Moderates of all stripes should vote

Moderate Republicans have gone the way of dinosaurs and eight-track tapes, if pollsters and talking heads on the radical right are to be believed. There was another time, back in the late 1980s, when the death of the “liberal Democrat” was proclaimed with similar conviction. Problem is, when the fringe gets sick of political wrangling, they activate and flock to the polls, building disproportionate power. When moderates are frustrated, they avoid voting altogether.

Moderate Republicans, I know you’re out there. This is it guys, time to rally and get thee to a polling station, right now in this last week of primary voting. Nevada needs you.

Boy howdy, does it ever. We have a slew of real crazies flocking to take over the state and to represent it in Congress. The political fad of the day is the fight to determine “real” conservatives from those “in name only,” as in California candidate Carly Fiorina’s surreal “sheep” ad (“Fiscal Conservative In Name Only”).

“I know a real conservative when I see one,” said singer Pat Boone when he endorsed Sharron Angle. But for the most part what constitutes “real” conservatism in the media these days are a handful of hot-button issues that play to the gullible public’s emotions rather than reason and will hamstring the candidate’s ability to legislate. The no-tax stance is a leading criteria for “real” conservatism—one that is largely responsible for Nevada’s current economic plight. Other hot-button topics that the far right calls “real” conservatism these days include supporting Arizona’s immigration laws (an enormous expansion of law enforcement’s [i.e. the government] power to stop and search ordinary people), opposition to health-care reform, and that old standby, abortion.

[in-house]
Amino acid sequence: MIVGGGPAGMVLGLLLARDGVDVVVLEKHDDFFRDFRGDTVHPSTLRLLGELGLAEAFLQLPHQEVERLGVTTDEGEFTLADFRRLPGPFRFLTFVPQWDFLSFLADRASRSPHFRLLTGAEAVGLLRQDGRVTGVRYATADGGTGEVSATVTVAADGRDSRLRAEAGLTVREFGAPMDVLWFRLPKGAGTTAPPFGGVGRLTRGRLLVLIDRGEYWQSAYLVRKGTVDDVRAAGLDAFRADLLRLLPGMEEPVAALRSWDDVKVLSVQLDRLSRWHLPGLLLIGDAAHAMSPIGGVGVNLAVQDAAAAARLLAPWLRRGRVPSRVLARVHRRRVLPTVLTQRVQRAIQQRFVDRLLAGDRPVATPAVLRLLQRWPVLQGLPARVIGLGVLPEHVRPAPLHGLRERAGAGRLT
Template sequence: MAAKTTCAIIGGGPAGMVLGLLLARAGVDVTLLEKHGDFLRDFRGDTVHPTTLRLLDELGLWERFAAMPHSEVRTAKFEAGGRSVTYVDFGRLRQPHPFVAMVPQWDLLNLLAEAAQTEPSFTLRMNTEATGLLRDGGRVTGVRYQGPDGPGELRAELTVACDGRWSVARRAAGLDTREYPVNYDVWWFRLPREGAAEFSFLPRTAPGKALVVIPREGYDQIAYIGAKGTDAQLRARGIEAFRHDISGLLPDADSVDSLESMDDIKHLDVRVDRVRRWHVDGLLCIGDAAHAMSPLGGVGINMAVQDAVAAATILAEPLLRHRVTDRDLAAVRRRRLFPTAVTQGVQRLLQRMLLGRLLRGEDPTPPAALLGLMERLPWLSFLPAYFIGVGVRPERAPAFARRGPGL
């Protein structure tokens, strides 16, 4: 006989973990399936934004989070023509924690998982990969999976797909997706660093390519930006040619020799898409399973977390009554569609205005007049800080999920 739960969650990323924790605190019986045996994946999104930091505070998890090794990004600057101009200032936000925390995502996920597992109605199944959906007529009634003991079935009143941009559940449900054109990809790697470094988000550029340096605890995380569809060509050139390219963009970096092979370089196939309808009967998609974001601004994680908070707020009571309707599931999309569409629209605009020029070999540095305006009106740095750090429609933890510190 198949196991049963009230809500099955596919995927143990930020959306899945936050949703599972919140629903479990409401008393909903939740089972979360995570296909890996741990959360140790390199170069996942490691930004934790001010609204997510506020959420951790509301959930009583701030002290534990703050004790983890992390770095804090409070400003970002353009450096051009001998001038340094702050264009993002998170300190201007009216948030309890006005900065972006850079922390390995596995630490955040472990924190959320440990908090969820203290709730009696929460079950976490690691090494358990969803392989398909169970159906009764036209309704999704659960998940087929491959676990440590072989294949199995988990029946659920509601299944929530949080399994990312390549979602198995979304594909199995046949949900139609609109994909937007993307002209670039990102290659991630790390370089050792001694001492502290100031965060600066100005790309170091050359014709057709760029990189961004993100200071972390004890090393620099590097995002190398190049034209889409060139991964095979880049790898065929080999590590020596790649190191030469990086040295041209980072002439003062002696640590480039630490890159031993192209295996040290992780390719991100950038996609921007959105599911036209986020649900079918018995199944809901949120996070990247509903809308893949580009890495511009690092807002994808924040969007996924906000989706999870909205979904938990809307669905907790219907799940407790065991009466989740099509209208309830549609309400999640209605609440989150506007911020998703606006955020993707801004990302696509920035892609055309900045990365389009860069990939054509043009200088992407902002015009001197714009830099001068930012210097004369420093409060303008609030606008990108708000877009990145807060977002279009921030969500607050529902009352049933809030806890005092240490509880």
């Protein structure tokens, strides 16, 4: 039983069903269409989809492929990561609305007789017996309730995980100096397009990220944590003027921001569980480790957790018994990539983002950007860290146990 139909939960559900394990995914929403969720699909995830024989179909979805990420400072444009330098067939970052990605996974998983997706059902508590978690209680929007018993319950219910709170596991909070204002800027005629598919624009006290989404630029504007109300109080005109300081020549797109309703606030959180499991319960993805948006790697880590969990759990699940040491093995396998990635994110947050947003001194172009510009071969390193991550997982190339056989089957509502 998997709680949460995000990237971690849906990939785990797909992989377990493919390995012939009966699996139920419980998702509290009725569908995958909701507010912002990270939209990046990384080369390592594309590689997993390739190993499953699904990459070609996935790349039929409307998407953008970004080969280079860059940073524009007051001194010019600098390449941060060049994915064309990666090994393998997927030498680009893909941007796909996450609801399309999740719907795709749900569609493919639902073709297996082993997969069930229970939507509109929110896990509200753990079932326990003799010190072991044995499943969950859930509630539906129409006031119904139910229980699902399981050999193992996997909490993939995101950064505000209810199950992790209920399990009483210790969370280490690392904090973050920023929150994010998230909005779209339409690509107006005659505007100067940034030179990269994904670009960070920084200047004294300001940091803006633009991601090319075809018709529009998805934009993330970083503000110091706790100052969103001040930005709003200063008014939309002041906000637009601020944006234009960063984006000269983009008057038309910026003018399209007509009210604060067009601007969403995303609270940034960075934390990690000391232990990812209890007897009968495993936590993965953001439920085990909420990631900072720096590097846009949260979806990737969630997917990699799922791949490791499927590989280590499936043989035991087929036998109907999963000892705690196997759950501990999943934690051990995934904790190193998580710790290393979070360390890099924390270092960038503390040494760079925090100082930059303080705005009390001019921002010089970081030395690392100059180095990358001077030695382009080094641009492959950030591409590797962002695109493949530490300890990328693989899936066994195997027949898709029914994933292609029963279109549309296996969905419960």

These positions are not, actually, conservative. Conservative literally means support for traditional ways of doing things. Conservatives in Nevada have traditionally supported institutions like education, the arts, and the kinds of environmental conservation necessary to keep hunting, fishing, and ranching viable. Some of the positions adopted by modern right-wing candidates deeply contradict the fears that motivate their constituents. A lot is heard from the right about the government invading our privacy, our homes and so forth, and yet, they support the kind of legislation in Arizona that gives the government precisely that kind of power. And several of these positions—namely, opposition to all taxes and health care—only benefit the very rich at the profound expense of the very hard-working people who tend to rally around the “real conservative” banner.

So, moderate Republicans, please. Choose your candidates wisely, then give us some good material to choose from for the fall election. Make this a real contest, not a right-wing media mashup.

As for my fellow Democrats, I know it looks like you could sit this one out, but don’t. We have a lot of very strong local candidates for the state legislature who need your support to keep up the good fight. Next year’s biennium will be a critical one for our state, with a projected budget shortfall of $2-3 billion. It is a crisis that calls for very strong leadership and the ability to overhaul the state’s revenue-generating mechanisms. As we saw during the “special” session, lobbyists for the status quo are powerful, entrenched, and fully vested in keeping things as is.

To moderates of all stripes, please get out and vote. We are the majority, both in this state and in this country, but our apathy is allowing extremists on both sides to take over not only political discourse, but policy-making as well.